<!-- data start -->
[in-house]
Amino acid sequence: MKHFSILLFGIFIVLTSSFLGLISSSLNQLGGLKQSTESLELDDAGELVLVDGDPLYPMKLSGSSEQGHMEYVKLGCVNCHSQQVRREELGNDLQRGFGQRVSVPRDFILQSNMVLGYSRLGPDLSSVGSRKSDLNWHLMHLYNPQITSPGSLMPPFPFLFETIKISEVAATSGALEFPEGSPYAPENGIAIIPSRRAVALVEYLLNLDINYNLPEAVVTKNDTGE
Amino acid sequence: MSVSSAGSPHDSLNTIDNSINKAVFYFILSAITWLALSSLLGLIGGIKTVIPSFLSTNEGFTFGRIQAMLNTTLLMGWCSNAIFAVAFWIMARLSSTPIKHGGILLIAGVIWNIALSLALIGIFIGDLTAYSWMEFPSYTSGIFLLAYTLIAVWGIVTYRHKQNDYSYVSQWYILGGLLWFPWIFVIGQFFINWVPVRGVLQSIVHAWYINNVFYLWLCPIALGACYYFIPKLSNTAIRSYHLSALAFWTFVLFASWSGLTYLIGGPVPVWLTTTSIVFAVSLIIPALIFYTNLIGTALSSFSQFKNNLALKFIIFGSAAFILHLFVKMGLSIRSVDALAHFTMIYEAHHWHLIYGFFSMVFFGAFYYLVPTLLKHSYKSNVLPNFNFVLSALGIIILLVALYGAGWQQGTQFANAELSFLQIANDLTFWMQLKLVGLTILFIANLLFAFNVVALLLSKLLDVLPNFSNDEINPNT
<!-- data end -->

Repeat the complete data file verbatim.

[in-house]
Amino acid sequence: MKHFSILLFGIFIVLTSSFLGLISSSLNQLGGLKQSTESLELDDAGELVLVDGDPLYPMKLSGSSEQGHMEYVKLGCVNCHSQQVRREELGNDLQRGFGQRVSVPRDFILQSNMVLGYSRLGPDLSSVGSRKSDLNWHLMHLYNPQITSPGSLMPPFPFLFETIKISEVAATSGALEFPEGSPYAPENGIAIIPSRRAVALVEYLLNLDINYNLPEAVVTKNDTGE
Amino acid sequence: MSVSSAGSPHDSLNTIDNSINKAVFYFILSAITWLALSSLLGLIGGIKTVIPSFLSTNEGFTFGRIQAMLNTTLLMGWCSNAIFAVAFWIMARLSSTPIKHGGILLIAGVIWNIALSLALIGIFIGDLTAYSWMEFPSYTSGIFLLAYTLIAVWGIVTYRHKQNDYSYVSQWYILGGLLWFPWIFVIGQFFINWVPVRGVLQSIVHAWYINNVFYLWLCPIALGACYYFIPKLSNTAIRSYHLSALAFWTFVLFASWSGLTYLIGGPVPVWLTTTSIVFAVSLIIPALIFYTNLIGTALSSFSQFKNNLALKFIIFGSAAFILHLFVKMGLSIRSVDALAHFTMIYEAHHWHLIYGFFSMVFFGAFYYLVPTLLKHSYKSNVLPNFNFVLSALGIIILLVALYGAGWQQGTQFANAELSFLQIANDLTFWMQLKLVGLTILFIANLLFAFNVVALLLSKLLDVLPNFSNDEINPNT